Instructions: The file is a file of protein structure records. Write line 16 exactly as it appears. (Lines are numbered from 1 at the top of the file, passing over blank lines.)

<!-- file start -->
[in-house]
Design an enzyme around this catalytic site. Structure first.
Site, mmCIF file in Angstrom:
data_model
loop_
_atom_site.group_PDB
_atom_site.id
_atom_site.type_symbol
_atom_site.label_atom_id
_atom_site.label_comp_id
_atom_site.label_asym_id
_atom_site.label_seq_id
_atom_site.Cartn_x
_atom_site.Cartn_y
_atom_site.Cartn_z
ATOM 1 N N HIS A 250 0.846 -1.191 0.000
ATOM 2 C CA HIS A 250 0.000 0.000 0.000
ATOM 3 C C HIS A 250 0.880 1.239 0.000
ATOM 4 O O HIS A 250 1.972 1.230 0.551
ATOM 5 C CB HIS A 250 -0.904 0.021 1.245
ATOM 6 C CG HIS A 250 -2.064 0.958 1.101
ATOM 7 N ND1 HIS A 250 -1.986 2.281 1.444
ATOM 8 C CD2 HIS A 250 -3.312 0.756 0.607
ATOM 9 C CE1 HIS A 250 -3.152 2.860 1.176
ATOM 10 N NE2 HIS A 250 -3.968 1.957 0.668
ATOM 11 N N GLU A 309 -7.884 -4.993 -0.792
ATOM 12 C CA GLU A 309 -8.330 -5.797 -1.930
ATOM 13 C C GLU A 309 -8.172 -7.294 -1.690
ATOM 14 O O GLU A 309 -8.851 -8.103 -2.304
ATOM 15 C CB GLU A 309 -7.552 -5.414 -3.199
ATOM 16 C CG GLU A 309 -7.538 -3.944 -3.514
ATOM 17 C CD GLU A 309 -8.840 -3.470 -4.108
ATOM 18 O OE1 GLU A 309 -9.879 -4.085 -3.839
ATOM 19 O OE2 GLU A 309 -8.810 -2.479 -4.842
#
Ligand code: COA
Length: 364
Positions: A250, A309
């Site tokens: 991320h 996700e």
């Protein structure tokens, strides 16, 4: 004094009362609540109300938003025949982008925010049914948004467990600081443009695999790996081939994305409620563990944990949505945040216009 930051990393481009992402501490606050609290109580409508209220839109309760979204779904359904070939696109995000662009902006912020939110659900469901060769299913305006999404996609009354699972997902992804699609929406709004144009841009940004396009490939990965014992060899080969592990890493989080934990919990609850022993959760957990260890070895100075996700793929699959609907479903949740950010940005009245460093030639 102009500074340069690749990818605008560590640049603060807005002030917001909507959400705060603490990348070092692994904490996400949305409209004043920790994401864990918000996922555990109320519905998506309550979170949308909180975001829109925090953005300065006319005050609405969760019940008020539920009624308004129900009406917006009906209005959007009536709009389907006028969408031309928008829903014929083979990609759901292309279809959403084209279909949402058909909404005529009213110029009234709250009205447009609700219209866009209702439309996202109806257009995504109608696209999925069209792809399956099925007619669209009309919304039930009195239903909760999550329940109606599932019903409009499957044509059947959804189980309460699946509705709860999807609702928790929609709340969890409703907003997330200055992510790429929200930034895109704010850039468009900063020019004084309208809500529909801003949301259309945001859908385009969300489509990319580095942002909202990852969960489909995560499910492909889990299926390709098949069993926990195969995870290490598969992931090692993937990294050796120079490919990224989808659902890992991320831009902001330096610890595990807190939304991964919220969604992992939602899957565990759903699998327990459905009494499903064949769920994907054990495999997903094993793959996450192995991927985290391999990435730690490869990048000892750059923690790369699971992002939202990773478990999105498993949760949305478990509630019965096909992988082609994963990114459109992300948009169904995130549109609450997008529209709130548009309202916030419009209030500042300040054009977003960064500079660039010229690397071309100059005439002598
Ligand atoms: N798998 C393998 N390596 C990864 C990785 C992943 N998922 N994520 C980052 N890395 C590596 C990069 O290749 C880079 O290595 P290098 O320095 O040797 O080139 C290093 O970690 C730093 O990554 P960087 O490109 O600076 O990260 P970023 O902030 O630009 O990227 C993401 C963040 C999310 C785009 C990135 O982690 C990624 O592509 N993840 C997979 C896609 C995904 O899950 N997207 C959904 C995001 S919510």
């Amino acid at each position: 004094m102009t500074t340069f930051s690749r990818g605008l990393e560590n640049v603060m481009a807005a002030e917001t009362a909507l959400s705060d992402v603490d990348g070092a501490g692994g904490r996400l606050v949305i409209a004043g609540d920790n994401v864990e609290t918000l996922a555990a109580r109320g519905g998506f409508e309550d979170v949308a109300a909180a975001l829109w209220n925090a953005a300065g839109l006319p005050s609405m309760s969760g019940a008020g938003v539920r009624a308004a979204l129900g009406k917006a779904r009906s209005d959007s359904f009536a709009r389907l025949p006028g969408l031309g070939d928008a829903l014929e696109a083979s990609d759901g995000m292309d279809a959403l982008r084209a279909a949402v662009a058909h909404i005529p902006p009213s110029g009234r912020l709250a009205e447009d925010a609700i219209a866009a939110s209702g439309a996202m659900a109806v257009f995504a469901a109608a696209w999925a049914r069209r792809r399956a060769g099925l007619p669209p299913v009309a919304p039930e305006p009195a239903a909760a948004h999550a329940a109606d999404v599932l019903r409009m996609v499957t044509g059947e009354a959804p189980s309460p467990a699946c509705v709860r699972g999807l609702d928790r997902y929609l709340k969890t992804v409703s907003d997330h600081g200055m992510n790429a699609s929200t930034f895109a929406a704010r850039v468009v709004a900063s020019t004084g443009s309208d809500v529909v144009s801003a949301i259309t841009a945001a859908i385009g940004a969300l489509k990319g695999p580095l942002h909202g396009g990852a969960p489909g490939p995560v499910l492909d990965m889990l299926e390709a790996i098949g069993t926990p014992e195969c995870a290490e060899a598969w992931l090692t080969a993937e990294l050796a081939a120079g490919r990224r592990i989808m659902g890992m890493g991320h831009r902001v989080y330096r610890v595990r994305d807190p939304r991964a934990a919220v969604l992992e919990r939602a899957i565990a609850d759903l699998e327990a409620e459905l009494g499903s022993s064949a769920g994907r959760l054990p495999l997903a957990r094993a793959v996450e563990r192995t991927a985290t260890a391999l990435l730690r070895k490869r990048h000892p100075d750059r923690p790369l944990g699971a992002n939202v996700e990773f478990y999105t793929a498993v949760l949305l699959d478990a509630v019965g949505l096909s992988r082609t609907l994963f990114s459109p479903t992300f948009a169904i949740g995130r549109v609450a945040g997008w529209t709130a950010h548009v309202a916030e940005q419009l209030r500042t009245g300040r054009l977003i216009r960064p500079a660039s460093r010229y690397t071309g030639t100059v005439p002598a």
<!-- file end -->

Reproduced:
ATOM 1 N N HIS A 250 0.846 -1.191 0.000